The Eye-gaze Tracking System
The eye-gaze tracking system used is called MagikEye and is a commercial product from the MagicKey company (MagicKey, n.d.). It is an alternative point-and-click interface system that allows the user to interact with a computer by computing his/her eye-gaze. The system is composed by a non-intrusive hardware component to capture images of the eyes of the user, and a software component that processes the images and calculates the point of the gaze in the computer screen. The user can move the head that does not interfere with the operation of the application. A calibration process is required prior to obtaining the points of the gaze on the screen. The system uses a very lightweight protocol based on Windows messages that allows the integration with other applications and is available for the Windows platform. The following describes the operation of the system with more detail.
The hardware used by the system can be seen on Figure 4 and is comprised of a high definition camera with a maximum spatial resolution of 1280x1024 pixels, and a color resolution of 8 bits. This camera uses a USB 2.0 interface and has the ability to acquire and transmit 25 frames per second at full resolution and can provide 60 frames per second with a spatial resolution of 1280x400. The camera uses type C lens, with 25mm, which allows the capture of the user's face images with high detail, crucial to the proper functioning of the system. The camera and lens are integrated with two infrared illuminators that emit at a wavelength of 840nm. The emitted infrared meets the EN62471 standard in terms of safety for the user.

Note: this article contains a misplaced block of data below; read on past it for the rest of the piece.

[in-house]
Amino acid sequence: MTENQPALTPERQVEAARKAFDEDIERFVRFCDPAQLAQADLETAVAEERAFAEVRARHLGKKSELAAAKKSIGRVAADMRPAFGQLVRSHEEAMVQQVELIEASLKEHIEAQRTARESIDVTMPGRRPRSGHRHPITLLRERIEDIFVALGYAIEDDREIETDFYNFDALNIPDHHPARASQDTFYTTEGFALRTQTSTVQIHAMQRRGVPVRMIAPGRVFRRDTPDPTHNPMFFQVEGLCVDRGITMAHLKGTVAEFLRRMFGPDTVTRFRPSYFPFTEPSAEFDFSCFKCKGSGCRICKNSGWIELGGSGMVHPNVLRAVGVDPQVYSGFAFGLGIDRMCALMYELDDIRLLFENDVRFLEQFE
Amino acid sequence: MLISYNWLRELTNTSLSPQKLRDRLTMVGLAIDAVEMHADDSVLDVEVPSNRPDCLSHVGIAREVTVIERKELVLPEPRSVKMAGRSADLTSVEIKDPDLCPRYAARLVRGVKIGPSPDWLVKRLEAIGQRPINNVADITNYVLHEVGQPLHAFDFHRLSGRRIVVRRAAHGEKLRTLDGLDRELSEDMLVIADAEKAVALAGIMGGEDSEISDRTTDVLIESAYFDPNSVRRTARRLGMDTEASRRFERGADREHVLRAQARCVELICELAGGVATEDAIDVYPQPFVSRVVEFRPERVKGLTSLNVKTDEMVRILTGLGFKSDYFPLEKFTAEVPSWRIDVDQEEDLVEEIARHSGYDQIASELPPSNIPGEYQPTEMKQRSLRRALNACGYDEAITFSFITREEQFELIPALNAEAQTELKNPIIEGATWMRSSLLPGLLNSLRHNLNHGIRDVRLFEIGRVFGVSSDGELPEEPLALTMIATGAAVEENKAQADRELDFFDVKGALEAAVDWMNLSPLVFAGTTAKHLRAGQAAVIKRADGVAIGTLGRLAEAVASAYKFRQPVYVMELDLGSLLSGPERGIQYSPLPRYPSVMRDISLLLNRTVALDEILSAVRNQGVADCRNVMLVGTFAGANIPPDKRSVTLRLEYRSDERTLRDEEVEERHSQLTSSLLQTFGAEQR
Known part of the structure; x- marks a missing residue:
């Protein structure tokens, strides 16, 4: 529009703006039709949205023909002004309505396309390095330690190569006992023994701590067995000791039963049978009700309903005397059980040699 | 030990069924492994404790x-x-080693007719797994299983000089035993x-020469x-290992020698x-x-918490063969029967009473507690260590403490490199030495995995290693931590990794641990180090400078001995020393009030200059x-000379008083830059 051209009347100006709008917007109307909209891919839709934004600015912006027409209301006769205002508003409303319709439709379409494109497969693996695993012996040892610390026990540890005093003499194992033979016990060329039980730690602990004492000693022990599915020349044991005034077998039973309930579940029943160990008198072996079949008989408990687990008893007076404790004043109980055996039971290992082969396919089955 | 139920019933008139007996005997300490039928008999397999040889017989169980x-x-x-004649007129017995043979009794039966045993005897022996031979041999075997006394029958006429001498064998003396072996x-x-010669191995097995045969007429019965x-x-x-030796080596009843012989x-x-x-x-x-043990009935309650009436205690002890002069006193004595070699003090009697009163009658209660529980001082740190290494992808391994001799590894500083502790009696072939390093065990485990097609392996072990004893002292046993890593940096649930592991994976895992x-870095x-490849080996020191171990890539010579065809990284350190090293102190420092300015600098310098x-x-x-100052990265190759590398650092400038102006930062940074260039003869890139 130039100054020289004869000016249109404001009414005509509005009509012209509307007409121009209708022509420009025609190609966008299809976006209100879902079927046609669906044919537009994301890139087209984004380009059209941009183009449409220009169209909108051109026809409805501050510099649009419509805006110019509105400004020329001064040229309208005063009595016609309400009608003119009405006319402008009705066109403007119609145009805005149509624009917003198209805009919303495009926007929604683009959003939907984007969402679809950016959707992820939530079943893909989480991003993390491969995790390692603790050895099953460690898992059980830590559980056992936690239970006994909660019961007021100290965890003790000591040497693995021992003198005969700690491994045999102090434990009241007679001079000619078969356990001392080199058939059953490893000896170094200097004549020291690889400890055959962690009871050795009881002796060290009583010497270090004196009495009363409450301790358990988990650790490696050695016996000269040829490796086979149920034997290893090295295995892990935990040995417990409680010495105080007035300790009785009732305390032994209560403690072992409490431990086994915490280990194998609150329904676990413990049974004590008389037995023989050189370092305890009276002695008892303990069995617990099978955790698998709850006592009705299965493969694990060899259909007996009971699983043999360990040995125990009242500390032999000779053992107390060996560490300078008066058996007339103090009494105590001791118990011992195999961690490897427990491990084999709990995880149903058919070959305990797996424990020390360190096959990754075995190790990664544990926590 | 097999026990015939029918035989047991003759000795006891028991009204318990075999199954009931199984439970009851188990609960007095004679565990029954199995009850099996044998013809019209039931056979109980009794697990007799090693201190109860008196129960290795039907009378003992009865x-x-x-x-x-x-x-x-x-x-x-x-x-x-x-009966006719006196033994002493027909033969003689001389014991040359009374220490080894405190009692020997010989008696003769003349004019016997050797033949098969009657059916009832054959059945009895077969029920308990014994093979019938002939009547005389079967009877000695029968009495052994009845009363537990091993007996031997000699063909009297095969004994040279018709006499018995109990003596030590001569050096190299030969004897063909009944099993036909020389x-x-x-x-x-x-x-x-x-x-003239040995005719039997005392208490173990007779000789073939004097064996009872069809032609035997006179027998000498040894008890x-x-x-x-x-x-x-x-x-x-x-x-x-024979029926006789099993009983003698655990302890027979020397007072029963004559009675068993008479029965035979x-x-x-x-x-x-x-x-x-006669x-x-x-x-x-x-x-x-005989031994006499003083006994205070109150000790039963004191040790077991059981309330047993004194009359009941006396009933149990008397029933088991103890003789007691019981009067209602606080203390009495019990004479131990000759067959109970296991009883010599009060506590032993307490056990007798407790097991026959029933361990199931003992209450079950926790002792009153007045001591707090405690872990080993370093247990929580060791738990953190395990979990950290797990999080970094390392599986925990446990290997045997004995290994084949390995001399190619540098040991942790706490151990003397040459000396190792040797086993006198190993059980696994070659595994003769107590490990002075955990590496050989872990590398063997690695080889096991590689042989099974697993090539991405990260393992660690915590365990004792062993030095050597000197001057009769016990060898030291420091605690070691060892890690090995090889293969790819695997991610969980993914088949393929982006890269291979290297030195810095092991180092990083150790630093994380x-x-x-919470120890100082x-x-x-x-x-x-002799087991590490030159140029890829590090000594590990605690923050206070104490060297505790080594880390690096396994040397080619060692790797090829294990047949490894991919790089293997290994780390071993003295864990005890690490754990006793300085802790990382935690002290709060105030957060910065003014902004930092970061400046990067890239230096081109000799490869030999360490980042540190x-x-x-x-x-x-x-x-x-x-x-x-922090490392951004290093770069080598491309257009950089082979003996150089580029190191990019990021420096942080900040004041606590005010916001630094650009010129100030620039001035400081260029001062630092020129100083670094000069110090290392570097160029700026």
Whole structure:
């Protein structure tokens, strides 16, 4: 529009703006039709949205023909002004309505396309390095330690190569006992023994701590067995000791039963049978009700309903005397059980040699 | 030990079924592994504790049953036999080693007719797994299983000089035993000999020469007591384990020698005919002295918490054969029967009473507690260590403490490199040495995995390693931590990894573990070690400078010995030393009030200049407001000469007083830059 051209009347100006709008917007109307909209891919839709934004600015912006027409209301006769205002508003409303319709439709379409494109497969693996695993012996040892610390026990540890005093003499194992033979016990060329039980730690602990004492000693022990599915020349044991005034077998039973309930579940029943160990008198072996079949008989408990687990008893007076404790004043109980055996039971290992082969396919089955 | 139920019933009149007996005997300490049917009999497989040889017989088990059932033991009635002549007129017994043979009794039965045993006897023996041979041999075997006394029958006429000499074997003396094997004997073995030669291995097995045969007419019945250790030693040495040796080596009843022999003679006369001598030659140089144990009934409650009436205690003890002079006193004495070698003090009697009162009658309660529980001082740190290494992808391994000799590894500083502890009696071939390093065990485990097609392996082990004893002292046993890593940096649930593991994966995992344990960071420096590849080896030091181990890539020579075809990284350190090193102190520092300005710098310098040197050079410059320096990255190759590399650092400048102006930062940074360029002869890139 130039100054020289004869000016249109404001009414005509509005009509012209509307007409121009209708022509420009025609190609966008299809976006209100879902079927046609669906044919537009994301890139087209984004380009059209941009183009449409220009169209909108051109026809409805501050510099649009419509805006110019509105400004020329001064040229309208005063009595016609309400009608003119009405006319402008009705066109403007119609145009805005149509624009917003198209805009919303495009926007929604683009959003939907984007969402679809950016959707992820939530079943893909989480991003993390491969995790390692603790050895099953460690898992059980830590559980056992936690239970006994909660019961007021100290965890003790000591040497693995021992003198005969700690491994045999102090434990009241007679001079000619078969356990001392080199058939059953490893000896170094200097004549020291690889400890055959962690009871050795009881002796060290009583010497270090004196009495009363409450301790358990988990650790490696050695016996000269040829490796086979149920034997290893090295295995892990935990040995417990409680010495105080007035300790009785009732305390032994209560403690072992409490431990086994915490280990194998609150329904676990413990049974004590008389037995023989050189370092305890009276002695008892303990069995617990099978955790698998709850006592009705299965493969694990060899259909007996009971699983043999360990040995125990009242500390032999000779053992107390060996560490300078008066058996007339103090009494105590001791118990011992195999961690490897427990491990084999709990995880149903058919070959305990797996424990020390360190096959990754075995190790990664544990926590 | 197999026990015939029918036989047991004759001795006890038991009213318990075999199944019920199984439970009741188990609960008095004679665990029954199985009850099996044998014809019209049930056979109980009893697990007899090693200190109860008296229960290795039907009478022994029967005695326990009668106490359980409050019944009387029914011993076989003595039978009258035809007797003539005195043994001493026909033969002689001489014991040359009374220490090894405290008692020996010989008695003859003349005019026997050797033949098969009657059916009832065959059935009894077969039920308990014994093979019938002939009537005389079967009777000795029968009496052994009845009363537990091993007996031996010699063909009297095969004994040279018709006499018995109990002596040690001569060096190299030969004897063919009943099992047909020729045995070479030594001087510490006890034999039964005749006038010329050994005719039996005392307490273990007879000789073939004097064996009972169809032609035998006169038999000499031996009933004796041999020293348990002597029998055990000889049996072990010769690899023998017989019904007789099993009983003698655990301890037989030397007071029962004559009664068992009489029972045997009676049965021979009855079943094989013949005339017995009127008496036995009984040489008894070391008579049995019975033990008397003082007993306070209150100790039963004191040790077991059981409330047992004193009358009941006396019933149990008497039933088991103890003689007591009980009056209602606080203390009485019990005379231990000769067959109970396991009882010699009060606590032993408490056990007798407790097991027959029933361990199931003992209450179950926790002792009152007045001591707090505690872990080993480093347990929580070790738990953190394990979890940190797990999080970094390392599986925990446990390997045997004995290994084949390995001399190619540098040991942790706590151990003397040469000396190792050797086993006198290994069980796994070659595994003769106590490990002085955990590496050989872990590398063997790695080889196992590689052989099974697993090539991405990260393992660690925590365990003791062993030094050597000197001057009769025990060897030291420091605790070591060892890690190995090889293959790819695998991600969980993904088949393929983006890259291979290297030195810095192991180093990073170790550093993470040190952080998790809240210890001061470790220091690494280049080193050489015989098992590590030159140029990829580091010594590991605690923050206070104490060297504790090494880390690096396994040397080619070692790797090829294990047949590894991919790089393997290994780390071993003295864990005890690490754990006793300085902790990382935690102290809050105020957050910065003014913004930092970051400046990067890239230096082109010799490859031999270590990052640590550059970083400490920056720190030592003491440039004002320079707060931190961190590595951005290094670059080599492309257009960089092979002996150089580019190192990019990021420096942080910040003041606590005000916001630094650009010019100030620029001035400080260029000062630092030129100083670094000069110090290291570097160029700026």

Figure 4. The MagikEye hardware
The typical positioning of the camera is near the base of the computer screen facing the user's face, as shown in Figure 1.
The eye-gaze tracking method is based on the detection of the dark pupil obtained by the combination of the angle of the infrared illumination with the lens of the camera, as shown in Figure 5.